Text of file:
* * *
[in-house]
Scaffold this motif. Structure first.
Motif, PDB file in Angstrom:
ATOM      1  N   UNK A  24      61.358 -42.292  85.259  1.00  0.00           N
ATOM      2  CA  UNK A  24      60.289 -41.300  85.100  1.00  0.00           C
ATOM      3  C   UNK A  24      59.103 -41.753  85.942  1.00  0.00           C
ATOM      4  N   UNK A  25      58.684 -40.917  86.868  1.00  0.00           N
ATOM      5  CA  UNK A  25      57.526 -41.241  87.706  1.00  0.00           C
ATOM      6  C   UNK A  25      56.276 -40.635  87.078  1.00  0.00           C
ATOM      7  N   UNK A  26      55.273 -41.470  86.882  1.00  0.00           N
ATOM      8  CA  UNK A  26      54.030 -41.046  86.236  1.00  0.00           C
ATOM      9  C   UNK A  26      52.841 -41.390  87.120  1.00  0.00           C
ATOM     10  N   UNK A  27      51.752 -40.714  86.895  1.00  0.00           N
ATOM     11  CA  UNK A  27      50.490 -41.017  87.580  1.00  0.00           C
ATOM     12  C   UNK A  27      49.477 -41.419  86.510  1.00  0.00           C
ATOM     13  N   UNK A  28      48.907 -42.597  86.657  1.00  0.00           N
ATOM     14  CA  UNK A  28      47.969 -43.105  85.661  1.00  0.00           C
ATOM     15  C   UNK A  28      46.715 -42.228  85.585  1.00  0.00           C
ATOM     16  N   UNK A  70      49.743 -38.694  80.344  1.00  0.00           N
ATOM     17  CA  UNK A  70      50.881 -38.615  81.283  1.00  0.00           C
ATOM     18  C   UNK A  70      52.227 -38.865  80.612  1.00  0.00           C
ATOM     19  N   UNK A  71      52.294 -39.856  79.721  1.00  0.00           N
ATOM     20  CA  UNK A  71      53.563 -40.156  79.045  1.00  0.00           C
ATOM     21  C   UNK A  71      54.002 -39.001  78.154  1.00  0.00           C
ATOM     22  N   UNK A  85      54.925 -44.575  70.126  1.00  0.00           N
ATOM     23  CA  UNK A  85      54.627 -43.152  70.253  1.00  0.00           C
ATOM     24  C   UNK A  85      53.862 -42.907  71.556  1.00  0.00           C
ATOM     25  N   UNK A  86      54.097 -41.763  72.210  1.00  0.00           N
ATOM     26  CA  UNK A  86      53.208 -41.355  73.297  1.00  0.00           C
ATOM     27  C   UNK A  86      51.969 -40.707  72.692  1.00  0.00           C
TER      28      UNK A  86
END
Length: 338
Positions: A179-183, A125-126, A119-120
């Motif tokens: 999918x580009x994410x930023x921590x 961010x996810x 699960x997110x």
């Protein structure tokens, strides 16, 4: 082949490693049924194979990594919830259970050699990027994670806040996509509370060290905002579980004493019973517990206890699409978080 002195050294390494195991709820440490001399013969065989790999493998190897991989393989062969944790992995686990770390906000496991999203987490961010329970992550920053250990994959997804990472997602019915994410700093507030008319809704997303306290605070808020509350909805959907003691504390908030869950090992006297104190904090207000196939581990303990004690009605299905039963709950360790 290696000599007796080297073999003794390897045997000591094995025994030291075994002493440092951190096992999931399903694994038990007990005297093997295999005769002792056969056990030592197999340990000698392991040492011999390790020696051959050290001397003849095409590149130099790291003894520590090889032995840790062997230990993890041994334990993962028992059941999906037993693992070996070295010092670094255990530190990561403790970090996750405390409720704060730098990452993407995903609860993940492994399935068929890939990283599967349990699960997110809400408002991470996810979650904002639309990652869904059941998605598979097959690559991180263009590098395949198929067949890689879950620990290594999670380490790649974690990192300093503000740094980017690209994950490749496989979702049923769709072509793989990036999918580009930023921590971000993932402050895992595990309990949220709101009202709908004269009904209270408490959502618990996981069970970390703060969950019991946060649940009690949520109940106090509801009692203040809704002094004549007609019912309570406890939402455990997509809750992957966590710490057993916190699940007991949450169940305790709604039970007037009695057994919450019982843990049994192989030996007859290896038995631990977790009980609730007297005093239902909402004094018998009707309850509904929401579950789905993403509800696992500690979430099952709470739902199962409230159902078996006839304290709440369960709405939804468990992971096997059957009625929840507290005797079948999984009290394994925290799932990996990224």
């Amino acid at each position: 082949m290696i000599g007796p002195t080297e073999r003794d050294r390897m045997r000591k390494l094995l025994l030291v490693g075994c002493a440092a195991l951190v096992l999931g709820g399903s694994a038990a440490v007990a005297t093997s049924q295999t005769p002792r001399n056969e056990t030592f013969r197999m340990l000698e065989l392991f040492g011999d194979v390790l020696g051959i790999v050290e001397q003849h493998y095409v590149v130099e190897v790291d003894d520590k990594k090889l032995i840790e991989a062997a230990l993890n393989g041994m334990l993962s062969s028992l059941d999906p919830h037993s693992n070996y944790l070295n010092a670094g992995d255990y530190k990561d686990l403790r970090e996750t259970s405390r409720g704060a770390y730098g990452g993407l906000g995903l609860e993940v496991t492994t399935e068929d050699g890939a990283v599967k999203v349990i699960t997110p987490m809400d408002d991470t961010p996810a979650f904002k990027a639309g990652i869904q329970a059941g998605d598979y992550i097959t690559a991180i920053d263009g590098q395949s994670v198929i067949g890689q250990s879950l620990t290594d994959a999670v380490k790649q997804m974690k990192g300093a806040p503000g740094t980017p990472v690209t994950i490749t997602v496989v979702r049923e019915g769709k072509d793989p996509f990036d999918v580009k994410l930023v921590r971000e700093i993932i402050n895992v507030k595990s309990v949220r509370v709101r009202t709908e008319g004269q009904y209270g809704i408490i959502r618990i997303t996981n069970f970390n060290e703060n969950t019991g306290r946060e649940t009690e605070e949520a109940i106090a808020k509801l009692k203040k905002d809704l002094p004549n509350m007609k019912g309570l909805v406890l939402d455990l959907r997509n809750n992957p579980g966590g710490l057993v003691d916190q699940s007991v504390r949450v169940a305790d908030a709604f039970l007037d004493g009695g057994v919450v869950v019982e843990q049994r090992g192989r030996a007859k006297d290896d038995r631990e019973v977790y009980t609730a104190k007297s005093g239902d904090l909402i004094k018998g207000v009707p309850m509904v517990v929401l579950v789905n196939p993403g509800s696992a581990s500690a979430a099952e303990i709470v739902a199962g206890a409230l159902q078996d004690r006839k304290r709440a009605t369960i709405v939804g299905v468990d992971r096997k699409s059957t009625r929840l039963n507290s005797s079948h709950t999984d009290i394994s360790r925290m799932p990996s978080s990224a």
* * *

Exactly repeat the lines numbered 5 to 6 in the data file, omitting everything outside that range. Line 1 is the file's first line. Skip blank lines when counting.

ATOM      2  CA  UNK A  24      60.289 -41.300  85.100  1.00  0.00           C
ATOM      3  C   UNK A  24      59.103 -41.753  85.942  1.00  0.00           C